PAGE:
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Back to school
The start of the school year can be busy enough without the added concern of your child’s asthma flaring up in the classroom or playground.
The back-to-school period is one peak time when children are most at risk of asthma flare-ups, with a spike in asthma attacks, emergency department presentations and hospitalisations seen during the first few weeks of the school term every year.
When children return to classrooms, factors such as stress, a change of environment or exposure to allergens and less strict asthma management over the holidays, can trigger asthma. A new set of classmates can also bring a new batch of cold and flu bugs, which exacerbates asthma flare-ups.
Taking preventive measures before and during the first few weeks of school can go a long way to helping keep your child well and out of hospital.
What can you do?
Reduce the chances of this happening for your child by completing our back-to-school asthma checklist.
- Have an asthma review with your child’s GP before the school year begins.
- Obtain an up-to-date written asthma action plan.
- Revise good asthma management including correct use of medication devices, either with the GP, practice nurse or pharmacist.
- If your child is prescribed a preventer medication, ensure correct routine before they head back to school.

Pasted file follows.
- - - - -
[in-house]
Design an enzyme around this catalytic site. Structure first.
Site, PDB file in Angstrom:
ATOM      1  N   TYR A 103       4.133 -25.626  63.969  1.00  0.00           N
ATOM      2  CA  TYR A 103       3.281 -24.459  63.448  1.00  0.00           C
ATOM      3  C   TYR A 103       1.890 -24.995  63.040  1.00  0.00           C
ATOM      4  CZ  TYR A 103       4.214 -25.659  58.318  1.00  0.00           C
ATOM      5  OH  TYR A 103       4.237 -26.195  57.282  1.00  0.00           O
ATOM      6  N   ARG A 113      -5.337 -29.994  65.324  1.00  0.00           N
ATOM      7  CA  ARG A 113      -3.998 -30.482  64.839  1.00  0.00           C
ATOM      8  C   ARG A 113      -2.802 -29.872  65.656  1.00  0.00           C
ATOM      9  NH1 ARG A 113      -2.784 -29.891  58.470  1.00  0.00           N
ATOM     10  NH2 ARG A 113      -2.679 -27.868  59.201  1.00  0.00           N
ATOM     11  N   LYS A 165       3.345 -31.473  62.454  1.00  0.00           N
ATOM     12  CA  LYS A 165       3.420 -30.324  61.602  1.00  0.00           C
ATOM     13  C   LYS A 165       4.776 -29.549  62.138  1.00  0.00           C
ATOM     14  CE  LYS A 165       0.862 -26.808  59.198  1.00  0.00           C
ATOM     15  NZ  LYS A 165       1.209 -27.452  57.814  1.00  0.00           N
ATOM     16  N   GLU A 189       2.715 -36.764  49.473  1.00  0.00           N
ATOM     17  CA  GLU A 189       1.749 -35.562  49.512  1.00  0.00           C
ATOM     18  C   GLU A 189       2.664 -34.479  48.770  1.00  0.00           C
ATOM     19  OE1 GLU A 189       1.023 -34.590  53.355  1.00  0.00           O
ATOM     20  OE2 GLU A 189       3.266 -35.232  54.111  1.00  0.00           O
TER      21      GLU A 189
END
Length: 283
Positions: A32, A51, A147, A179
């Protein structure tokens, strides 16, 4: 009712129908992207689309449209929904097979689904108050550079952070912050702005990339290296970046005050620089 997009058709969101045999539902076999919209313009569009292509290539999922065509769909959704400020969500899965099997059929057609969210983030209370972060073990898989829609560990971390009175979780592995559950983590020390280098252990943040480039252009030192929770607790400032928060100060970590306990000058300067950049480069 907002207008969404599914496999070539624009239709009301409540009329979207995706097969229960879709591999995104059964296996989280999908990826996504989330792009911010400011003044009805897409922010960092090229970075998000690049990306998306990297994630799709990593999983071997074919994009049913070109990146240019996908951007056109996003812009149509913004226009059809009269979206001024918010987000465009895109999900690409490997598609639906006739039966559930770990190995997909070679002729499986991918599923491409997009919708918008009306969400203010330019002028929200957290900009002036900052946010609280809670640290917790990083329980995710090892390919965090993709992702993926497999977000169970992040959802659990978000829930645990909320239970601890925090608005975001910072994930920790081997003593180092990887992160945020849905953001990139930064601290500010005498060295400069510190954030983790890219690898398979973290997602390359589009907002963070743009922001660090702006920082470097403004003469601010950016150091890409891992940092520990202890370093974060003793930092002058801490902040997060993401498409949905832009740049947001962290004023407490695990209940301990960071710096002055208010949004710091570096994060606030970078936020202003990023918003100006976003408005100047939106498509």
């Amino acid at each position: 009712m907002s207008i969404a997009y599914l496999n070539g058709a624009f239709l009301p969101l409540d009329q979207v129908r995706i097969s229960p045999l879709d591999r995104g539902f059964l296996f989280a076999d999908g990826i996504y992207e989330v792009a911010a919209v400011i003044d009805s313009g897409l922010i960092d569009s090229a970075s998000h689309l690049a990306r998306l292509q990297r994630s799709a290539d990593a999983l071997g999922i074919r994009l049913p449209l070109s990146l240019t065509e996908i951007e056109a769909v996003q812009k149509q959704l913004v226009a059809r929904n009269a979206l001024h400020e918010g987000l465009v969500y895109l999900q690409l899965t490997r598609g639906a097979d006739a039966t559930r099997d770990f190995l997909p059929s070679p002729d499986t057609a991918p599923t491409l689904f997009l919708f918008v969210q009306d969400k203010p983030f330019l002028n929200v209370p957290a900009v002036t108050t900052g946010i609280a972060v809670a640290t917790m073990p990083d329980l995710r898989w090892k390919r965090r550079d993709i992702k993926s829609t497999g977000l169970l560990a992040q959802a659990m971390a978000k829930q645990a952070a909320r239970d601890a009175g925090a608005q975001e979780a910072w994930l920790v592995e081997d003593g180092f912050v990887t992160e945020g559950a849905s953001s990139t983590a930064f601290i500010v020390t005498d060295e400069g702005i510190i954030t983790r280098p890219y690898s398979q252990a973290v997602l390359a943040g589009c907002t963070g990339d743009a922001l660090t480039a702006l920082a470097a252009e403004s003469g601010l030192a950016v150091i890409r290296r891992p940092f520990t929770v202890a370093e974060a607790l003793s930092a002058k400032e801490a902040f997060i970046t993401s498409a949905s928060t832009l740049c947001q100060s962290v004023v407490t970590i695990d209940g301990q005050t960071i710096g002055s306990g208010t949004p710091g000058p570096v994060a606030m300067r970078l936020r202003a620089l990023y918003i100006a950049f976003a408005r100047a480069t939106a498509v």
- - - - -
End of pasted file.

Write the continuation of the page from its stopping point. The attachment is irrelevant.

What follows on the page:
- Ensure medications are not empty, nor expired.
- Pack a spare reliever puffer and spacer in your child’s school bag.
- Ensure that your child can recognise their asthma symptoms and is comfortable asking for help at school if necessary.
- Give the school and/or childcare a copy of the written asthma action plan. ANY written asthma action plan is acceptable providing it has:
- Medications listed that your child requires for their asthma
- Clear instructions on when to take extra doses of medication
- Your child’s name and date of birth
- The name of the doctor writing the plan
- The date the plan was reviewed
- Talk to school administrators about possible asthma triggers and whether staff members receive training on how to recognise and respond to asthma symptoms.
First aid for asthma
If asthma symptoms occur:
- Follow your personal written asthma action plan
- If you don’t have an action plan, take 4 separate puffs of a blue/grey reliever via a spacer
- If the symptoms aren’t going away or are getting worse, then follow the steps in First Aid for Asthma
First Aid for Asthma charts available online
- First Aid for Asthma 12+
- First Aid for Asthma Children Under 12
- First Aid for Asthma Combination Inhalers
Air purifiers vs dehumidifiers
Professor Sheryl van Nunen OAM FRSN, Board Director of the National Asthma Council Australia, explains how air purifiers and dehumidifiers can help people living with asthma and allergies. In collaboration Breville, Sensitive Choice shares this essential video resource to help you better understand the use of air purifiers and dehumidifiers and the difference between the two.